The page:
It is almost a shame that there is so much less publicity garnered by this book, which can easily stand neck-to-neck if not surpass the quality of quite a few others.
This is a well-written and skilfully crafted coming-of-age tale of Girton, a club-footed apprentice to a master assassin. While there may be echoes of the Night Angel series with the orphaned apprentice and master trope, there is nothing derivative about this story. True that there is a sense of familiarity given the well-used concepts of coming-of-age stories with Girton being the subject of bullying, finding friendship in another outcast and unexpected love, yet the story was delivered in a manner that still felt fresh.
The narrative is written in the first-person point-of-view of Girton Club-Foot. His character development, as he slowly comes to terms with who he is, is realistic and endearing with occasional flashbacks in the form of interludes, which do not happen too often as to disrupt the flow of the story. One that is compelling, and augmented by solid supporting characters.
The plot is quite simple with Girton and his master being tasked to uncover the identity of the person behind the plot to assassinate the heir to the throne. This placed him in an undercover role as a lowly squire-in-training in the castle where he was then subjected to the usual problems when young men form cliques and bully the misfits. As much as these seemed clichéd, I typically enjoy its inclusion in such stories as it is very much a fact of life, whether in medieval or modern times. And I am always gladdened when the culprits received their well-deserved comeuppance.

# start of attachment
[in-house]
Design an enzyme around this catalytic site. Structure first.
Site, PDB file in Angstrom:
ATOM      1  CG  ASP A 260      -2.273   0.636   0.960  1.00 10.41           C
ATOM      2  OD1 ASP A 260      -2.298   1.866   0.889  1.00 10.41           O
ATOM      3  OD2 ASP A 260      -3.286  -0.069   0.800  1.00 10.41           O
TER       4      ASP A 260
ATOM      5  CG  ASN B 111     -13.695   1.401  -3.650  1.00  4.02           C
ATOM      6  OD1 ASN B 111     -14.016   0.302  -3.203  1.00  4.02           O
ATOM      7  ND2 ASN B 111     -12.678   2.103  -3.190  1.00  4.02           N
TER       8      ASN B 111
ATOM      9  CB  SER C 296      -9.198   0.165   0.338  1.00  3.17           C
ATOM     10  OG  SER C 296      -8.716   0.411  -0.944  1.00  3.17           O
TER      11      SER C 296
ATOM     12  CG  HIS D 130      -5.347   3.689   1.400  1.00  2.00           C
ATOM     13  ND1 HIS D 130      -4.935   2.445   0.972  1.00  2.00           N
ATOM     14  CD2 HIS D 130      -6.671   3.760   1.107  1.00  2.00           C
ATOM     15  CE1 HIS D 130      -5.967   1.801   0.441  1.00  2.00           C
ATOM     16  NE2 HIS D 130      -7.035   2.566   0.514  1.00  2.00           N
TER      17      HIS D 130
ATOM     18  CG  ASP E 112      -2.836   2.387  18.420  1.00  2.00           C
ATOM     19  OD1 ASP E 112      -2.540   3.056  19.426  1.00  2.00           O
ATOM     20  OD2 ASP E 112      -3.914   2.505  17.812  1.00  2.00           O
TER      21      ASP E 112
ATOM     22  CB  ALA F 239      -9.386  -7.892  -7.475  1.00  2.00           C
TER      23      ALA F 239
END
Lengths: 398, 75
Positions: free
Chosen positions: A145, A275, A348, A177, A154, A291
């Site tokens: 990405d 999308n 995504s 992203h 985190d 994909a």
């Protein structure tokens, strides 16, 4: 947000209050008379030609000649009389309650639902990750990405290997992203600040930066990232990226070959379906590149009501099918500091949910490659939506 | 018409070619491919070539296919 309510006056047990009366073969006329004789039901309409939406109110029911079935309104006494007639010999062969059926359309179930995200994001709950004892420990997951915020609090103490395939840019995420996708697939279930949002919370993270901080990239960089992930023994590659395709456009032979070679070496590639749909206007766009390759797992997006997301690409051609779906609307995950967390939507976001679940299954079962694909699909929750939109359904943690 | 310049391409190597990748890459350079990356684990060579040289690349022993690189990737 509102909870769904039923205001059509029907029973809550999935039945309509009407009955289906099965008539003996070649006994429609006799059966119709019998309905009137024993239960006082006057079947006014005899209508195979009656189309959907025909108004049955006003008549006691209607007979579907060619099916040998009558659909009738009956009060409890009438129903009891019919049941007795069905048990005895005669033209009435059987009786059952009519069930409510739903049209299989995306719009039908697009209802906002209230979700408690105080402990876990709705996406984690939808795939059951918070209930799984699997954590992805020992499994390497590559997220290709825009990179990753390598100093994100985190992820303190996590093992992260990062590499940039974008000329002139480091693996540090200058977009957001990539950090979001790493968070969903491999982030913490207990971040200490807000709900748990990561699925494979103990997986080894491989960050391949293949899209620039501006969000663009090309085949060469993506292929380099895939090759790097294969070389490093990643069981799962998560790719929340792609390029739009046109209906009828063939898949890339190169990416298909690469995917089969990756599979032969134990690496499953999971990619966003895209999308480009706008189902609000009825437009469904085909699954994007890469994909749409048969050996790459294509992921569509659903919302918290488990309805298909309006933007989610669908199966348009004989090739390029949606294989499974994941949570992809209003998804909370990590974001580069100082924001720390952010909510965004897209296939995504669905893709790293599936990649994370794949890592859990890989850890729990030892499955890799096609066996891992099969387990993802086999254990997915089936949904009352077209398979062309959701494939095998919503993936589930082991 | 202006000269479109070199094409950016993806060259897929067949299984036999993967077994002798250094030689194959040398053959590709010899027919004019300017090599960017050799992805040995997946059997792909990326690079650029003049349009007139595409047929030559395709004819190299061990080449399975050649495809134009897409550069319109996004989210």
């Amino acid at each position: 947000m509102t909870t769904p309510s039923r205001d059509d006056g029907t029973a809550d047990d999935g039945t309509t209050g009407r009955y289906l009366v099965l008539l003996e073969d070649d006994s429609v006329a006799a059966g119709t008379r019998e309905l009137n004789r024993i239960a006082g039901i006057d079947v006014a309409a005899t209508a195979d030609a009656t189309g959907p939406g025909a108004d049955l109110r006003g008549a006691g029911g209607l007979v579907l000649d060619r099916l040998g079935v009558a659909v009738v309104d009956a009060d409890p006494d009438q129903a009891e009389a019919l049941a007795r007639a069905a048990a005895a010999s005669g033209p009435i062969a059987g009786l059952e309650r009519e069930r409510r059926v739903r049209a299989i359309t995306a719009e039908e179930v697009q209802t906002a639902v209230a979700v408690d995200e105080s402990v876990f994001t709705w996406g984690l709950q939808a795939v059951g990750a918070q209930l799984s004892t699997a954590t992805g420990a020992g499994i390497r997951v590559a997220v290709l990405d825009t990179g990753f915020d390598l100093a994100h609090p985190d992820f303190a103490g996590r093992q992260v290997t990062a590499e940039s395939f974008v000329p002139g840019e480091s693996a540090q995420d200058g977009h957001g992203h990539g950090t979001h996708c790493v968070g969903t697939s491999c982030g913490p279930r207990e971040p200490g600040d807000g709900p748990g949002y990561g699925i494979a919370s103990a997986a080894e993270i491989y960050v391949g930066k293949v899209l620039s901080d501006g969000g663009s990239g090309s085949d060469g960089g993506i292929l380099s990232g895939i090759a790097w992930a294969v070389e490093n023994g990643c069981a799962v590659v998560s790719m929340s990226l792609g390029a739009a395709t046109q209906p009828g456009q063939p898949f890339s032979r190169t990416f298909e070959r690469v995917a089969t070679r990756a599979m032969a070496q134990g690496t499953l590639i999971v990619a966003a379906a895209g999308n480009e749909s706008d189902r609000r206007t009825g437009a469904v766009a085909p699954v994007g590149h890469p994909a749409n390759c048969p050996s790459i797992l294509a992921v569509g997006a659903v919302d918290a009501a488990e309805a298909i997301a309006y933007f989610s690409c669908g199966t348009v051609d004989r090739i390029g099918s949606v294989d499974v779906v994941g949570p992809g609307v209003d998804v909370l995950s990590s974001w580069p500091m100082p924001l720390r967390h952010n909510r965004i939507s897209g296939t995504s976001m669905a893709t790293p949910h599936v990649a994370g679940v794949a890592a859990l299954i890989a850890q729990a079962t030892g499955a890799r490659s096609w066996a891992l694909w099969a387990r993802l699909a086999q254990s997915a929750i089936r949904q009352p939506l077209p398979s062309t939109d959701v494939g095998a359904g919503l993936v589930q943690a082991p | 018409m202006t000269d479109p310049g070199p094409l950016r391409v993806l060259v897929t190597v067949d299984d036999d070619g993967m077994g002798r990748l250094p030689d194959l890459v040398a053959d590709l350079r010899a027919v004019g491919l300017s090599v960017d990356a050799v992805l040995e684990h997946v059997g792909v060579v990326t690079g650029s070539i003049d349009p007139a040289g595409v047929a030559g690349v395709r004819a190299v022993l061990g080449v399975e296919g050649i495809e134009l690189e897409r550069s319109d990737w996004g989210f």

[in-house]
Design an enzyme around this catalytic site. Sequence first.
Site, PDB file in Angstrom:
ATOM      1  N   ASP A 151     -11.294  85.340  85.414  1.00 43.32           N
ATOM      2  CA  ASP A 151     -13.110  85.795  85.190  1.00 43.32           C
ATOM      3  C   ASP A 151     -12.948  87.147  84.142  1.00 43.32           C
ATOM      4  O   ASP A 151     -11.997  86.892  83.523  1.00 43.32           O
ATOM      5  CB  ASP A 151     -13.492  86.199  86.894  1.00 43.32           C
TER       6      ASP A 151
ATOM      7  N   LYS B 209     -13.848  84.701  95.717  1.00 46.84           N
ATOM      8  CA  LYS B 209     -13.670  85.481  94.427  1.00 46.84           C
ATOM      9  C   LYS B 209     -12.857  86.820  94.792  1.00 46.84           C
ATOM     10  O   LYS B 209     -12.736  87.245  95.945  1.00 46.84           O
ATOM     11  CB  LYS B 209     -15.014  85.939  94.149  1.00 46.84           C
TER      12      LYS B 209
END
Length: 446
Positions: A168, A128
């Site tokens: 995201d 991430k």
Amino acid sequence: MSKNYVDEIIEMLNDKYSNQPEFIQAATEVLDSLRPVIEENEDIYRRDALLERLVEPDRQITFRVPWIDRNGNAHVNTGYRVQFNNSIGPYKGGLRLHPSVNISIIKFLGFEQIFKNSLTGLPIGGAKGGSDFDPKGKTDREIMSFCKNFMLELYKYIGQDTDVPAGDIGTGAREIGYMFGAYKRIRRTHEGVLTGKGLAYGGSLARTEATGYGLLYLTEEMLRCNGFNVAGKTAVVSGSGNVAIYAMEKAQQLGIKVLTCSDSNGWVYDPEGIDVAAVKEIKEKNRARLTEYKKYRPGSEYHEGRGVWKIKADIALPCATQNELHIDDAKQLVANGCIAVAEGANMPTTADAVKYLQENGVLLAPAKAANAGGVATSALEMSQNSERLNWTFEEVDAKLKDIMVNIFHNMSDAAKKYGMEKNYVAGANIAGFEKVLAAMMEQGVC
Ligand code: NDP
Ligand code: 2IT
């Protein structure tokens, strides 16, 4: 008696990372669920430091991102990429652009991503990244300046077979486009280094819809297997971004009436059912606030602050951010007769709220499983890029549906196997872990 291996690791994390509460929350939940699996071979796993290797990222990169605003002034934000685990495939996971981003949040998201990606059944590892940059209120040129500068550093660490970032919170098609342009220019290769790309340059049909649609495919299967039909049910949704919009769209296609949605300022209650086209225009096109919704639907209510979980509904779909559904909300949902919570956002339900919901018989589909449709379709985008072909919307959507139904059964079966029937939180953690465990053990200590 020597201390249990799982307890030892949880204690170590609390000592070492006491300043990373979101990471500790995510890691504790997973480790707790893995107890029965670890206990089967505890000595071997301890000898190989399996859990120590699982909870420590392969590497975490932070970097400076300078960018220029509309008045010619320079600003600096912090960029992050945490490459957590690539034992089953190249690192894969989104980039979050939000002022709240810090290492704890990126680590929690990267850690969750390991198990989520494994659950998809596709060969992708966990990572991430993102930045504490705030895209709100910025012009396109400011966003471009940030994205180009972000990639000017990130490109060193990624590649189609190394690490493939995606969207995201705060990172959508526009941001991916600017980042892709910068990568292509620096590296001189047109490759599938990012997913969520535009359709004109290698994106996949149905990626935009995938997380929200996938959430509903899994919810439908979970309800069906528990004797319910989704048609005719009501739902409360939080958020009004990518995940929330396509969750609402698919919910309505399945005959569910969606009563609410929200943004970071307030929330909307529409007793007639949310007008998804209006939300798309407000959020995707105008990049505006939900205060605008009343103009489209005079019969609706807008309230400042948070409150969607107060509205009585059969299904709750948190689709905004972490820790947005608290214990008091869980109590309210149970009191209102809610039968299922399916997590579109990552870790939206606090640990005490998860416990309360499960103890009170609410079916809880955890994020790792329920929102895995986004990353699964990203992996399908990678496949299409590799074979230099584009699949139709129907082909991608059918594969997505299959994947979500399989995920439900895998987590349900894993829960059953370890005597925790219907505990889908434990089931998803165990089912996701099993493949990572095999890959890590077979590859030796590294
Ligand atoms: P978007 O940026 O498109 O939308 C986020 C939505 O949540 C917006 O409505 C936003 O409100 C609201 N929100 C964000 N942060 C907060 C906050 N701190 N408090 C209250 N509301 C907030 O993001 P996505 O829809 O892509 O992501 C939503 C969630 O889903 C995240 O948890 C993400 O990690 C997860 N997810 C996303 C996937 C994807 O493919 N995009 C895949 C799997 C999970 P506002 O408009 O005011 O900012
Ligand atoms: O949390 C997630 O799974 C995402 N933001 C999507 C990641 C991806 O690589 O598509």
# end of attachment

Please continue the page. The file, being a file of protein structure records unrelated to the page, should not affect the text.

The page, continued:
I loved the component of mystery in this novel, which to my delight is superbly executed and kept me guessing right until the end. The heir is quite a despicable person, and with all the political and courtly intrigue that is gradually revealed, it just appeared that a whole of people wanted him dead and for valid reasons. How does one uncover the real mastermind under such circumstances?
As with stories involving assassins, readers will want to be shown and not told that so-and-so is a badass killer, etc. There is definitely sufficient showing in here, demonstrated in a fascinating fashion. Almost like a dance, Girton and his master performed iterations with names like “the Precise Steps”, “the Placing of the Rose” or “Boatgirl’s Dip” while fighting. Unlike one popular epic fantasy series which utilised stylistic terms to describe sword forms, these iterations were actually explained so that I understood the movements it entailed.
The world that RJ Barker created fits the title of the series most aptly. The Tired Lands is bleak and magic-scorched, and where sorcerers are deemed as abominations. People are designated by three different classes, and there is a pervasive feeling of a broken kingdom. While the in-world mythology took quite some time to be unravelled and terminology understood, it did not present much a struggle and was delivered quite seamlessly into the story without disrupting the flow.
Barker's prose is fluid, accessible and drives the narrative forward without being too simple nor given to unnecessary complexity. As such, the pages turned quickly, and with the engaging narrative, I finished the book most expediently. I wholeheartedly look forward to the sequel and highly recommend this book to all fantasy readers.